Tuesday, 17 August 2010


A few years ago I took my Grandad for a pint.

Just to set the scene; He was 93 – all faculties still in working order – especially his brain. It was about 12.00 and we went to The Nags Head. The pub he’d been drinking in for decades was now one of those beefeater pubs, with raised platform away from the main bar where you can eat your scampi and fries.

This is where we sat – Backs against the wall, so that Grandad could survey the place. And with half a pint of Guinness in his hand, off he went with his stories. How he played for Everton Boys; How great Dixie Dean was; The time he went on holiday with Danny McGrain’s mum and dad; A barrage of tales from his days as a Liverpool Docker, and In between tales he’d send me back down to the bar for the ‘refills’.

Anyway, as lunchtime progressed, the place filled up and I noticed my Grandad had gone quiet and was looking around the pub. He was in another place completely.

“What are you thinking about” I asked.

“Eh? “What” – oh er… I was just thinking... was just thinking I need another ale lad – off you go.” he replied.
So I did, and joined the now 3-deep crowd at the bar.
While waiting my turn, I heard him shouting at me…
“Ay Ant'nee – Ant’nee – get it there lad – get in there. Theres a space there.”

From his place on the eating deck, he’d seen that there was an empty space at the bar where there was nobody standing. Unfortunately for me though, he hadn’t seen the sign above the gap that read,
“No service here – glass collection point.”
But Grandad knew best, and it being the only way of stopping him shouting at me - I moved to the gap.

The barman instantly came over and said, “Same again? I’ll bring them up.”
And he did.
A bit later on - as the lunchtime custom disappeared, Grandad said
Do you still want to know what I’m thinking?”

“Eh? Oh yeah – what’re you thinking?” expecting another story from the docks…
“It’s all rush, rush, rush isn’t it?”
Wheres that come from? I wondered

“Well", he said. “We came in here, sat down, had a pint and a nice chat, and then lunchtime came and brought all these guys rushing in. Ordering their burgers and chips and rushing down a couple of pints. Now look – they’ve rushed back to work, to probably rush through the afternoon, before rushing home in the rush hour. They’ll rush through tonight and then go at it again tomorrow. It’s all rush, rush, rush with you guys. You’re all missing it all. You’re missing what’s going on around you. Just like that space at the bar that you missed. You’re not taking time, to see what’s around you".

Then he asked me the question that has affected me since, and indirectly my work and my clients…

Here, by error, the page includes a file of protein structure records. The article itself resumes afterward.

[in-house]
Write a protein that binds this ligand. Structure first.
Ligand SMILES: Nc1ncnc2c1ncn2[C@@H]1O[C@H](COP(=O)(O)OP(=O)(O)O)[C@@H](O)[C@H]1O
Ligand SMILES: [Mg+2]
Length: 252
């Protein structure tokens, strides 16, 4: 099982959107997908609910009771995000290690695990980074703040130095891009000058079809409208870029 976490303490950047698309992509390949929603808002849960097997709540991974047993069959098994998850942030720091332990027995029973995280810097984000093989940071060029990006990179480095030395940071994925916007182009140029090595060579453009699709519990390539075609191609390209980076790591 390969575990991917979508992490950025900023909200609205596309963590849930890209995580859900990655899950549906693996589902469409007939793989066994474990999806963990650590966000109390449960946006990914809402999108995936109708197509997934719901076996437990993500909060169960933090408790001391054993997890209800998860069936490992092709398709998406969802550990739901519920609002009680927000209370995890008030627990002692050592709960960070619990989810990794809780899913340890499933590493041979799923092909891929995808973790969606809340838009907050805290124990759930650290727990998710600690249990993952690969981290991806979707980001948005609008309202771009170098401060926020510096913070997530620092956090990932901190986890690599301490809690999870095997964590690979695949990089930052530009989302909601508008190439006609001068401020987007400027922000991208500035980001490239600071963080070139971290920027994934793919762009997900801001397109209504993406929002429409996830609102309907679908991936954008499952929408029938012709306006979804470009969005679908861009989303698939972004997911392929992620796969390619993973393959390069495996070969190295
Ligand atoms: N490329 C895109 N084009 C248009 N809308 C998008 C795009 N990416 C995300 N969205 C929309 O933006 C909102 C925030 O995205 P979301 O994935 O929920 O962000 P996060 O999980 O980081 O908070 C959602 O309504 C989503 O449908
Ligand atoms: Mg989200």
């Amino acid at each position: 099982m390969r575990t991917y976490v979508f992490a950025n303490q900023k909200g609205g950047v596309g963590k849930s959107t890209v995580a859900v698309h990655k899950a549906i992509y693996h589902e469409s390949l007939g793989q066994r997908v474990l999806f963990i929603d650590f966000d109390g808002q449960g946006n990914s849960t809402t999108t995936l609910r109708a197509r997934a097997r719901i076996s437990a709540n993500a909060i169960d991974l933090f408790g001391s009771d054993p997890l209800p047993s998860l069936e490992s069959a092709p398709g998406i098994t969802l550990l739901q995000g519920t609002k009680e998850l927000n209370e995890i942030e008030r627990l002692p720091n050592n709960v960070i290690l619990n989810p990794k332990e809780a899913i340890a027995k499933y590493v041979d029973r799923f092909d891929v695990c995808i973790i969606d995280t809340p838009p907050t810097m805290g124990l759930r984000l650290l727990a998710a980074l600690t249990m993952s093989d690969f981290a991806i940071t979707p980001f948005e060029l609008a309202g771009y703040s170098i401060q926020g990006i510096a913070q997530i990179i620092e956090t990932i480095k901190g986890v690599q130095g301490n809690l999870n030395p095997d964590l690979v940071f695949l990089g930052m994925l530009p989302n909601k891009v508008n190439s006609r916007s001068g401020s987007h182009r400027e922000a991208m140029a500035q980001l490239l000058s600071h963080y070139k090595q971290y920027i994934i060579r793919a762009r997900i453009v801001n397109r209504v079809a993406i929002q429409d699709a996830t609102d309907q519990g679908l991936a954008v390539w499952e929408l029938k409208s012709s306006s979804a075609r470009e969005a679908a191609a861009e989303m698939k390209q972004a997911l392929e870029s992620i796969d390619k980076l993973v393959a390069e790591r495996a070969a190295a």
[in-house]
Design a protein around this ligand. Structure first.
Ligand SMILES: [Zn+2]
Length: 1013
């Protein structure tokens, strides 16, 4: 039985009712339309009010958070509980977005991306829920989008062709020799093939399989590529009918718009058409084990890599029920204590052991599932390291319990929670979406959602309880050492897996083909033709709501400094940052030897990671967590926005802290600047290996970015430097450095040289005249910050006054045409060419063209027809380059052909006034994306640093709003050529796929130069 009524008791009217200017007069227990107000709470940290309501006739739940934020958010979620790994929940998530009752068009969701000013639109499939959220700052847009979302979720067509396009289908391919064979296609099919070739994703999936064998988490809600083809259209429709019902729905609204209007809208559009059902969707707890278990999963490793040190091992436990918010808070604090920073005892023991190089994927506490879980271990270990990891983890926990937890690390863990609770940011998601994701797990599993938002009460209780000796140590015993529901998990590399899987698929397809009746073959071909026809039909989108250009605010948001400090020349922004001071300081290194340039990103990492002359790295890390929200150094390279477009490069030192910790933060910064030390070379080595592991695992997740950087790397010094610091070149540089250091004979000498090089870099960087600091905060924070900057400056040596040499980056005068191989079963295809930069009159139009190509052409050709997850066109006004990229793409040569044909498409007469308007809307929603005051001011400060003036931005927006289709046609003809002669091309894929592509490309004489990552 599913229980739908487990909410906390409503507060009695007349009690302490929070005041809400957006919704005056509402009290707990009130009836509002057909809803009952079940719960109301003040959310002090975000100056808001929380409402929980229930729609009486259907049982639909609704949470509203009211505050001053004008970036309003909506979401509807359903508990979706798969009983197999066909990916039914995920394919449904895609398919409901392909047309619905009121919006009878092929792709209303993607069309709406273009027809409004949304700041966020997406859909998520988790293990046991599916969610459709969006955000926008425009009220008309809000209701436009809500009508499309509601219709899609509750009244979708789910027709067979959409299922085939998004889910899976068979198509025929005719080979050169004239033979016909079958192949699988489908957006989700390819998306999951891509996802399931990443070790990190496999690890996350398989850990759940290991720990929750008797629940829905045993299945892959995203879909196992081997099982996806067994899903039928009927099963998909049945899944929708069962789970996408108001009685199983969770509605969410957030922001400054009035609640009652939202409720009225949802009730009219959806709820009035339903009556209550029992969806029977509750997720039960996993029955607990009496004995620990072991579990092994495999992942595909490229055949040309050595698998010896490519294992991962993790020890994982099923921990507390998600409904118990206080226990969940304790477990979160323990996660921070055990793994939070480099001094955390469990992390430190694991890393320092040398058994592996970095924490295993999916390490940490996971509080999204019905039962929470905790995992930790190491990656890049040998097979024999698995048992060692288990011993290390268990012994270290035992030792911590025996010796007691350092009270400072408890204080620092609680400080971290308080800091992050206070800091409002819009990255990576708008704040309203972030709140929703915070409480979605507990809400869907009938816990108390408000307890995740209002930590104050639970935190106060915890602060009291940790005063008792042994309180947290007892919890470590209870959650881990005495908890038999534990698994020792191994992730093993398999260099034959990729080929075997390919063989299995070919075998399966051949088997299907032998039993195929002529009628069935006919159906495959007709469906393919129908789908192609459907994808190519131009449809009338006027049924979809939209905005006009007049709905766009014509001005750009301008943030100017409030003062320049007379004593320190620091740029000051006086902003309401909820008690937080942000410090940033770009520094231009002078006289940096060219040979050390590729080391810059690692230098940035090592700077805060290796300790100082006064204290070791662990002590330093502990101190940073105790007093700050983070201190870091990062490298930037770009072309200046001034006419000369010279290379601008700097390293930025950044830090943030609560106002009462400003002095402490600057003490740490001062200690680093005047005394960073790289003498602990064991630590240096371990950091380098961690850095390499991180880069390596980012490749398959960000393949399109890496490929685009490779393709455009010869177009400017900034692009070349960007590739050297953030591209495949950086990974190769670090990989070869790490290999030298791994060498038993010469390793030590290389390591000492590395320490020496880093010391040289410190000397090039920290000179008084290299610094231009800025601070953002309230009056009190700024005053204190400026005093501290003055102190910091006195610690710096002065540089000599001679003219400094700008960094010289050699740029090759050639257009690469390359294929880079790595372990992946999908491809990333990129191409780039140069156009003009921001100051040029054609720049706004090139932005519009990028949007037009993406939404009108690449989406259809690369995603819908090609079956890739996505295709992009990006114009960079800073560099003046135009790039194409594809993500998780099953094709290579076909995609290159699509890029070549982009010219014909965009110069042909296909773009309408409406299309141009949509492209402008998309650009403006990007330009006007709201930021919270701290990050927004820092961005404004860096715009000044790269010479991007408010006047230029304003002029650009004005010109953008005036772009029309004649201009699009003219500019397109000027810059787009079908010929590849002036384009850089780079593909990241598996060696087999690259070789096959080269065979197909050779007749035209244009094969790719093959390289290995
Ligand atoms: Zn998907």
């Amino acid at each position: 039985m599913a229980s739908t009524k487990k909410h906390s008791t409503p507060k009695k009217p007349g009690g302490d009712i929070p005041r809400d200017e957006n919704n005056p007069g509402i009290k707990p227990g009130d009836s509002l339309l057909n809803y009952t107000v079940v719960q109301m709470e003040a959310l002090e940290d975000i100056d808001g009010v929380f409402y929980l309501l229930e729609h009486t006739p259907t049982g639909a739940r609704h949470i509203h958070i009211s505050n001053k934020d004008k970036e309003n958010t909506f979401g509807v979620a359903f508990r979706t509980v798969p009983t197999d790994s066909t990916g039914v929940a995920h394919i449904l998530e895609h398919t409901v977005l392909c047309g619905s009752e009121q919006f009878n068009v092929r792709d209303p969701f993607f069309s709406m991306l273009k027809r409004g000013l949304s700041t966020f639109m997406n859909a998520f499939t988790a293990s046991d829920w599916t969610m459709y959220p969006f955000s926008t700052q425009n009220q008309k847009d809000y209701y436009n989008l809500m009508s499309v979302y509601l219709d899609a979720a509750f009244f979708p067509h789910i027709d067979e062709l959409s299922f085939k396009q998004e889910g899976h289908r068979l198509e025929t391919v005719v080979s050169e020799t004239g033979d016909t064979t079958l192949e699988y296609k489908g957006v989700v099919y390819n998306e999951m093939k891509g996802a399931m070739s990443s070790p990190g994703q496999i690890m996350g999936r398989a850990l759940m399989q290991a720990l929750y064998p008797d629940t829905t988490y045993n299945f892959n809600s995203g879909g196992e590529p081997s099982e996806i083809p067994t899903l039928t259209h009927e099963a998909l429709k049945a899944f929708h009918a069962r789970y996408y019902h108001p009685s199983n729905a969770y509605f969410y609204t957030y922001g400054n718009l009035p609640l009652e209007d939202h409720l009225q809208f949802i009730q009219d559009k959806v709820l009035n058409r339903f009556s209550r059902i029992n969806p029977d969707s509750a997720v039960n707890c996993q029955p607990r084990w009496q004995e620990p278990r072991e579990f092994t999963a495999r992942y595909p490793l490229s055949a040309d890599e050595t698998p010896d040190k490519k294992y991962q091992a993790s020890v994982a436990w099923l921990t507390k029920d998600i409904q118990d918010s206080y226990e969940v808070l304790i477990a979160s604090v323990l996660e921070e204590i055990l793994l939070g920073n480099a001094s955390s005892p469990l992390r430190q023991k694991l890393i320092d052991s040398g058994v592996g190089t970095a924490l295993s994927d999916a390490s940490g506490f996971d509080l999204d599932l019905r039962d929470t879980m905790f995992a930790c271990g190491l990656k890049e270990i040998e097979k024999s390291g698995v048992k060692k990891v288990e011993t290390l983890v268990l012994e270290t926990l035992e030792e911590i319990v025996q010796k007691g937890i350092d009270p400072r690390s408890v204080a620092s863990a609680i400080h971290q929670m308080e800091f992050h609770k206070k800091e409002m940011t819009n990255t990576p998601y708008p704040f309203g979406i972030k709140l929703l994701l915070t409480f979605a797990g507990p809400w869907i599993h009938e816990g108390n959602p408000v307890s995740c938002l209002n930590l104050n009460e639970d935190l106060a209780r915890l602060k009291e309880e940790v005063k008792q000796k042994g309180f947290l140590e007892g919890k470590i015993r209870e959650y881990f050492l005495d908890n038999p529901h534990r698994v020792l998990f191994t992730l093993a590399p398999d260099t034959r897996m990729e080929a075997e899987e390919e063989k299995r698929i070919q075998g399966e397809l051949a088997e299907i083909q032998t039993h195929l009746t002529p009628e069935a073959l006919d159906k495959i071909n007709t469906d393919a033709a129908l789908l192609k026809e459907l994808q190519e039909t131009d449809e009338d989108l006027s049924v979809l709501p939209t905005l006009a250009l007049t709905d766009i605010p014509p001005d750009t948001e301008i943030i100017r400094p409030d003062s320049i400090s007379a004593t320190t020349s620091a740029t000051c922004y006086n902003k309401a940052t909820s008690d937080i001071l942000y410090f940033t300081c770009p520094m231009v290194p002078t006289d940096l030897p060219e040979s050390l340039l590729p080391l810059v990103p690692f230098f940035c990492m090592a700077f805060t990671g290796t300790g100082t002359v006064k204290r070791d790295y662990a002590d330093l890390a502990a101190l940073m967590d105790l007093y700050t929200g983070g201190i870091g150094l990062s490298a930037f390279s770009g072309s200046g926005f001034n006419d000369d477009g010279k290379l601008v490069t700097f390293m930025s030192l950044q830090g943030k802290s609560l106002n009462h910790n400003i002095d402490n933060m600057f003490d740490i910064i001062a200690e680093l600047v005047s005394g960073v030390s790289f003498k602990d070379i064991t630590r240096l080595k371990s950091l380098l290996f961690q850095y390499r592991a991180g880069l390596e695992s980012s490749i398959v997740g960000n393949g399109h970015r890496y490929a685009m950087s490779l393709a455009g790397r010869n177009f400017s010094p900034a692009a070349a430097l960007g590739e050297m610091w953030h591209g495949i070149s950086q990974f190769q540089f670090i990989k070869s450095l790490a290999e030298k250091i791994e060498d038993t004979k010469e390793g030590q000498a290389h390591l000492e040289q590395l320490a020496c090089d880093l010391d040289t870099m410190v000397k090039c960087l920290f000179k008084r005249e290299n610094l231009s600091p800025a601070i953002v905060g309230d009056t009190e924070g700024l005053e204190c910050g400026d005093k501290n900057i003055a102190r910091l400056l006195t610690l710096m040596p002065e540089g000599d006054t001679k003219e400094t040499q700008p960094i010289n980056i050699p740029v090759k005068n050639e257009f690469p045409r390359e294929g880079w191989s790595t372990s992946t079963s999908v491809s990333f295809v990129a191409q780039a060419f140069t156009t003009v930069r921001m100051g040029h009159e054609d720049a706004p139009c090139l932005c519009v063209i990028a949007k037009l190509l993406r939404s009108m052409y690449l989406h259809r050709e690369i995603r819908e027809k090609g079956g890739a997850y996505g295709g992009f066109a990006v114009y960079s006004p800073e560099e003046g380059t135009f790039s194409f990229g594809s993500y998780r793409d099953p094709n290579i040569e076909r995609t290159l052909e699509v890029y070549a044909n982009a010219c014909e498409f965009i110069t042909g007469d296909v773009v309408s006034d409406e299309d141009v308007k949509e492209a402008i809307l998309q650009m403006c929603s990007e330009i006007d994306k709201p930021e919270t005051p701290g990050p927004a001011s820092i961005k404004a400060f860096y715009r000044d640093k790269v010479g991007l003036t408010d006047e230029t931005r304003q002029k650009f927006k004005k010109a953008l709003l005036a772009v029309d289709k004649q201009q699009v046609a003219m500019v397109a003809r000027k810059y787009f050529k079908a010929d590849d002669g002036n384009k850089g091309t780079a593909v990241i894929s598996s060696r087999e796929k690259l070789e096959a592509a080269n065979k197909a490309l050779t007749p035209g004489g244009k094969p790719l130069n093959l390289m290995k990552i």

He looked at me and asked,

“Why are you all trying to get through your lives so quickly?”

And, as most 93 year old Grandad’s are, he was right.

We all generally rush about, doing things as fast as we can, and we do miss so much. Usually the best bits.
The obvious spaces.

So what I’m suggesting to you is work quickly yes – hit that deadline yes. But don’t rush – you’ll only miss the best bits.

Occasionally, deliberately, SLOW DOWN!!

You’ll still get where you’re going, but on the way, take the time to have a good look around – look at all the possible options available. Break from the norm. The expected. The rules even.

Just like the empty space at the bar, just because the little sign said not to stand there – didn’t mean that I couldn’t try – and look at the outcome!

And by slowing down, chances are - you’ll get where you’re going a lot quicker.

Thursday, 11 February 2010


“Life’s too short…”

How many times do we have to hear those words before we actually listen to them?

They usually follow a monologue about how a young life is no more, or a tragic circumstance headlines a daily read – but I tell you what, I got a rude awakening today – not by a sudden death or by some irrelevant tragedy, but on the train home tonight.

I’ve been travelling on the train now for some XX years, and by doing so have got pretty familiar with the tannoy voices and their various announcements. The fellow frequent travellers - commuters lost in iPod-dom. The friends who do not follow you on Twitter – the friends that have no facebook wall – the friends that, well aren’t really friends. Merely platform furniture that you become acquainted with.

A smile here, a nod there. A “bloody trains…” here, and a “it’s ridiculous this…” there, soon start to bond the platform posse.

Anyway I digress. There was one such person that I would nod to, occasionally bid good morning to, and on the famous ’last trains home’ would often share a few slurred words about the beauty of Guinness.

The last time I saw him was about the end of the Summer. He used to sit in a sharp suit, focused on some paperback or other, and whilst reading would spin his wedding ring around between his fingers.

He used to.

Tonight I saw him again. But he wasn’t there.

Tonight there was no smart suit, no book in his hands and most apparent, no ring on his finger. There was a lady next to him though that wiped his mouth for him as he stared blankly across the carriage - his mind in a completely different place. I don’t know what has happened to him, and God help him, he’s in not fit state to tell me. And if I’m honest - I’m not sure I really want to know.

What I am sure of is that by seeing him again tonight I’ve realised yet again - that life’s too short. We dont know what's around that corner, and we really don’t have time to stand around waiting for things to happen.

I hope I remember that tomorrow.